The Republican Party's struggles with Hispanics have been well-documented. Now, a new poll from Gallup shows that it makes little difference whether Latinos living in the U.S. were born in the country or not when it comes to close alignment with the Democratic Party.
Fully 64 percent of U.S.-born Hispanics whose parents were also born in the U.S. identify with or lean toward the Democratic Party -- more than double the percentage (30) that said they identify or lean toward the Republican Party. For Hispanics born outside the U.S., the split is very similar, with 57 percent leaning toward or identifying with the Democratic Party and just 25 percent aligning themselves with the Republican Party.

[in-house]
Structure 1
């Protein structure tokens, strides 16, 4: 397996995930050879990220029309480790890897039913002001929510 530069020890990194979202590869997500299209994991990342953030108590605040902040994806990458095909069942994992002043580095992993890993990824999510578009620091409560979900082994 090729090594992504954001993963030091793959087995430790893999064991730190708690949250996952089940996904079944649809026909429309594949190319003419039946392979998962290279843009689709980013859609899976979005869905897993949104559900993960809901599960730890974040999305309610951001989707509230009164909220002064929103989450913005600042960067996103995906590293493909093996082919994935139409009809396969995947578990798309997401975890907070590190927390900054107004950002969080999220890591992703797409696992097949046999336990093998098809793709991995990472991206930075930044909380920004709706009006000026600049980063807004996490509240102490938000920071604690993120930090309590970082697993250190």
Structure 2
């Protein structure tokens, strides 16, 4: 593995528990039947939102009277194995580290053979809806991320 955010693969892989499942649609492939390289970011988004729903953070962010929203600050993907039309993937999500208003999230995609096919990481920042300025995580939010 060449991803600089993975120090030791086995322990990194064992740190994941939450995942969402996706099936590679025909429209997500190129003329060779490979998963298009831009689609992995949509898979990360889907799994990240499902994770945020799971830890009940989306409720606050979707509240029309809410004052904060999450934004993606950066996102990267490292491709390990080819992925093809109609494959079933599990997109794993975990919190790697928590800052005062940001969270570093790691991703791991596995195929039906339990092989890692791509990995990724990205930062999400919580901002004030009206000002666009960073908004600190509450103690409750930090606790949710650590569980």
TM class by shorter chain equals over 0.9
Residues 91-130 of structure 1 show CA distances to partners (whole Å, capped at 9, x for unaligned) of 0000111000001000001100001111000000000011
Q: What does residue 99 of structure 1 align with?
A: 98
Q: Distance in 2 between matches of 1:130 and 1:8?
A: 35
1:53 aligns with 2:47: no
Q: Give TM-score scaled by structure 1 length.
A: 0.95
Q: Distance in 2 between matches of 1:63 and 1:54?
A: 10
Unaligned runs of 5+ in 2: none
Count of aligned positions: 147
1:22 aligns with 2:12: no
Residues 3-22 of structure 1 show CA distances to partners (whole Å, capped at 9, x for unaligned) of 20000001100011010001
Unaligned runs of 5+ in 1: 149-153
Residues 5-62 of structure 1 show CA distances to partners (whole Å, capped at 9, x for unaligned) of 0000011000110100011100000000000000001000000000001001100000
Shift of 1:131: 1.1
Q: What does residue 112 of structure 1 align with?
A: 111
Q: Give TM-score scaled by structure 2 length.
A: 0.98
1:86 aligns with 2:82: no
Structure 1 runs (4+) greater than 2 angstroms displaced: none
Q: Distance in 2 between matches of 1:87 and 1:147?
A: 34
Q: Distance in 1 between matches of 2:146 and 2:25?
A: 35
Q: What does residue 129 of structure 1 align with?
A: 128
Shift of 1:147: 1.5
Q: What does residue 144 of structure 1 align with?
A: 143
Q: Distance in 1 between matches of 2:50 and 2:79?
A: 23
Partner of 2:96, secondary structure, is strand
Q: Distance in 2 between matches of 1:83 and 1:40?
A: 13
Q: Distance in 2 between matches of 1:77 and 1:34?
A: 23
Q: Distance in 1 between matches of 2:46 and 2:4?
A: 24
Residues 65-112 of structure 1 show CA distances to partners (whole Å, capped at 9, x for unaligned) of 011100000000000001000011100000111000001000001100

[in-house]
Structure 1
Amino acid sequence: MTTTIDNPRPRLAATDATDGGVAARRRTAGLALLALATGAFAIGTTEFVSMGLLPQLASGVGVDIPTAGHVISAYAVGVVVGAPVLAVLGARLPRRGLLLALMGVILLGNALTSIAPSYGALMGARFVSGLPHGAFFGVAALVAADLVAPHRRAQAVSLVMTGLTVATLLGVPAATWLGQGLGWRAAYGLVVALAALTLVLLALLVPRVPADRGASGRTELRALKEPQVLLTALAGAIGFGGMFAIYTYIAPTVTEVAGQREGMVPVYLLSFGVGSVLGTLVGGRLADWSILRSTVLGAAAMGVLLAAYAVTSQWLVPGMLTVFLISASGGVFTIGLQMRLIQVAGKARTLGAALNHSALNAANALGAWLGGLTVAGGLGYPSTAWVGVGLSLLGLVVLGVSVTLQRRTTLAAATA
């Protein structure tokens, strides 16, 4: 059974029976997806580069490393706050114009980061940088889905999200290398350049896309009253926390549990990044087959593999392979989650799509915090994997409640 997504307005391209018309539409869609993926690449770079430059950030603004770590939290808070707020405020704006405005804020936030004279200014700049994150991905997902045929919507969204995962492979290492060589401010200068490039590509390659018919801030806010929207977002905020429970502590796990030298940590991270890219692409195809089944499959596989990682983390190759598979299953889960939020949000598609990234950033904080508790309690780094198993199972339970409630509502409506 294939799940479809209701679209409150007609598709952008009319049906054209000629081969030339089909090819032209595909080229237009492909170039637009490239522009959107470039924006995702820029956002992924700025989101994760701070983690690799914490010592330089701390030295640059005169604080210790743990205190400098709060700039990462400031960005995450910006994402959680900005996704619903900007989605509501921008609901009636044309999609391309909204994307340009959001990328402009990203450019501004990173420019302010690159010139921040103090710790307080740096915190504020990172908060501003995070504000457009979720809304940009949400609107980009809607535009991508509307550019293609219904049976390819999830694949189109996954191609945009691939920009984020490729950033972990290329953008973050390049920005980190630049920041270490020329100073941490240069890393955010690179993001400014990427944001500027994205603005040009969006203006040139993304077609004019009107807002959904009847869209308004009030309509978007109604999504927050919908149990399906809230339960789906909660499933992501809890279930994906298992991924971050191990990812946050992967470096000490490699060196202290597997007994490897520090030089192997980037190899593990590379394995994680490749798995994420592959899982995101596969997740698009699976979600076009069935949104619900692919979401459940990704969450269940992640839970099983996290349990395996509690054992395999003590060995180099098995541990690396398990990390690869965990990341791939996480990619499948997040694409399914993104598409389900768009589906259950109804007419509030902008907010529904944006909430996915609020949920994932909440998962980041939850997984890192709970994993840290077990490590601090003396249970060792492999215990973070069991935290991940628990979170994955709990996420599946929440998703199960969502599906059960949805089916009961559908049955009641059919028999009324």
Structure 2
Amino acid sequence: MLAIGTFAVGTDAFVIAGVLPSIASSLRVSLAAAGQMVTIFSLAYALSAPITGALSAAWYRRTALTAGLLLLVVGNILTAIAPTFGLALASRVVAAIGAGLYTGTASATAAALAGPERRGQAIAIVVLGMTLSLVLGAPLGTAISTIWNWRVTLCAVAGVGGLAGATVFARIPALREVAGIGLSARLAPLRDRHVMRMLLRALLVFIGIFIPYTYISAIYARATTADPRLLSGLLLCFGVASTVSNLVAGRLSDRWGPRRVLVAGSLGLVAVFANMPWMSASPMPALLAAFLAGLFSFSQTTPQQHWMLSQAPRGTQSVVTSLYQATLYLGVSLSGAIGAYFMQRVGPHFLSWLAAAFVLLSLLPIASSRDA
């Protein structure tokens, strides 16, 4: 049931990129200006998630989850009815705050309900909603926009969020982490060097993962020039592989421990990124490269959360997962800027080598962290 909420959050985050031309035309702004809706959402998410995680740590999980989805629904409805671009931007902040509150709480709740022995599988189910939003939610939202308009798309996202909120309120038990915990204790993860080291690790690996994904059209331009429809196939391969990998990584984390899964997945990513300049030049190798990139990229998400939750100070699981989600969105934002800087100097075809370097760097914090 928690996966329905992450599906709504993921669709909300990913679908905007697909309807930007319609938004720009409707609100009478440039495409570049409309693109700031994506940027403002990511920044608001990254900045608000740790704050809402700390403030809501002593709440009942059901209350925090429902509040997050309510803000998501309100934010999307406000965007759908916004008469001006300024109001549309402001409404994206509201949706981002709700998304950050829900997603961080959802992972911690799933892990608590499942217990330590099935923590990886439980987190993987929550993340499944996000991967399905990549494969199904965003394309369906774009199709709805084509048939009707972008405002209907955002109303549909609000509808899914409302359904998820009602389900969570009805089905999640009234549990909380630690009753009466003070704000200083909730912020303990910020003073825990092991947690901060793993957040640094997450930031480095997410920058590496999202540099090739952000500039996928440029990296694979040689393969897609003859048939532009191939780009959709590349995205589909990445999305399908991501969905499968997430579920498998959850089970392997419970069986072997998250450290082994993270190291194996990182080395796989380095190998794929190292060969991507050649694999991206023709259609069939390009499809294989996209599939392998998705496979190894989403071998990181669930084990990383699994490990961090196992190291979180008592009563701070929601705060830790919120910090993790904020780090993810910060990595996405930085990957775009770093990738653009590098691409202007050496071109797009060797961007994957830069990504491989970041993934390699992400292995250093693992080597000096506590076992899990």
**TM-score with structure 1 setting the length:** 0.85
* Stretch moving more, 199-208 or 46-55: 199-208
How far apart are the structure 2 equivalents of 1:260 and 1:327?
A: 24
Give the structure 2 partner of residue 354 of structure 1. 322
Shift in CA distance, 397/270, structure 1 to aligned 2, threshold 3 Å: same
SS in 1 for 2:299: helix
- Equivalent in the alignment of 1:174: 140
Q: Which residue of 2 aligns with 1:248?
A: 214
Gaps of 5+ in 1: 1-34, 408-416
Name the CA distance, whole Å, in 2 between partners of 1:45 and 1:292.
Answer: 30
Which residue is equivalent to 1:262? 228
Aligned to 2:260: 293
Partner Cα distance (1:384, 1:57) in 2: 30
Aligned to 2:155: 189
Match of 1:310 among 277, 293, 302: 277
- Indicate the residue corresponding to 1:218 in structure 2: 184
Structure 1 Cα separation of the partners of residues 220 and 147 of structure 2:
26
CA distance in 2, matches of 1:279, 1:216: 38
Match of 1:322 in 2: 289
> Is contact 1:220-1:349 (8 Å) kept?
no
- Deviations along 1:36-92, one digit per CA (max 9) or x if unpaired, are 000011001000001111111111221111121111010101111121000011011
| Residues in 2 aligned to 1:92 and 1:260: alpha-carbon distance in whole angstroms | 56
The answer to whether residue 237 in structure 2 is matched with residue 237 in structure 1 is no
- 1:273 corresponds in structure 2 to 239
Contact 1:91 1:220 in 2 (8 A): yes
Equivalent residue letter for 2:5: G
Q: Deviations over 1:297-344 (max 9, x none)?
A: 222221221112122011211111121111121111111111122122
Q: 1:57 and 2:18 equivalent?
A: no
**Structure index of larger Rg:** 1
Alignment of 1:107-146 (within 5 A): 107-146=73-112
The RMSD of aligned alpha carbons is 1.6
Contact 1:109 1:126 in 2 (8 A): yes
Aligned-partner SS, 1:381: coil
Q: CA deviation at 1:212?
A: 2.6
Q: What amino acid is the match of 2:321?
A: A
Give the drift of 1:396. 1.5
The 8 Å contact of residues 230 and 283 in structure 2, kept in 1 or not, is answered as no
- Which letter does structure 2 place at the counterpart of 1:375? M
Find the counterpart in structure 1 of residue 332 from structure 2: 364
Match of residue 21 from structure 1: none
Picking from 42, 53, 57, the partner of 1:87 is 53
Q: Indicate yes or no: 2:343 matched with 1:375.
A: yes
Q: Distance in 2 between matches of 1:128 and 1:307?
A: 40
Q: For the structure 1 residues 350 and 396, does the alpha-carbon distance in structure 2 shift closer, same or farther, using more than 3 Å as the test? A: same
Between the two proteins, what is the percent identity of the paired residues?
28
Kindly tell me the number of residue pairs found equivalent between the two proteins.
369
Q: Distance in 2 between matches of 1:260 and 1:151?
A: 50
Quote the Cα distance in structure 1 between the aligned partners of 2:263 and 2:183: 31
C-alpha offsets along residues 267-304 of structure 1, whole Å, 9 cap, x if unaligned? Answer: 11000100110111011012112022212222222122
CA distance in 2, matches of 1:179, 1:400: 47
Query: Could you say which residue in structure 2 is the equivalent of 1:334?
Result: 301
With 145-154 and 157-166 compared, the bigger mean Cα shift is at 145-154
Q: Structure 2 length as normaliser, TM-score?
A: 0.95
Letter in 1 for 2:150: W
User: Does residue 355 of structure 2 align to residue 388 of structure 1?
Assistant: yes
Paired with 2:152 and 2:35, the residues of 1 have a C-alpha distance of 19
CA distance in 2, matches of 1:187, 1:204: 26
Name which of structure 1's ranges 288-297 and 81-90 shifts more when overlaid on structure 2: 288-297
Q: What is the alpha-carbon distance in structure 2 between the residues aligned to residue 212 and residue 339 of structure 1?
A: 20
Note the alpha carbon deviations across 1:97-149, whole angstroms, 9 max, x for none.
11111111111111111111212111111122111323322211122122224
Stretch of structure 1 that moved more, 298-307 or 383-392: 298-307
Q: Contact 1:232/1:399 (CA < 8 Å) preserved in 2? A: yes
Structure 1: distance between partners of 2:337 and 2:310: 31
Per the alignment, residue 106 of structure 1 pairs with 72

Hispanics born outside the U.S. are more likely to be independent, the poll shows. But that factor doesn't change the fact that Hispanics have largely aligned themselves with the Democratic Party, regardless of where they were born.
And therein lies one of the political dilemmas for Republicans with regard to immigration reform.
On the one hand, supporting comprehensive reform that includes a path to citizenship for illegal immigrants would mean legalizing a group of potential voters who have largely lined up against the GOP and joining a cause Democrats have been championing for years and will also take credit for.
On the other, many in the GOP realize it must repair its weak relationship with Hispanics beginning somewhere, and embracing immigration reform seems like a natural place to start.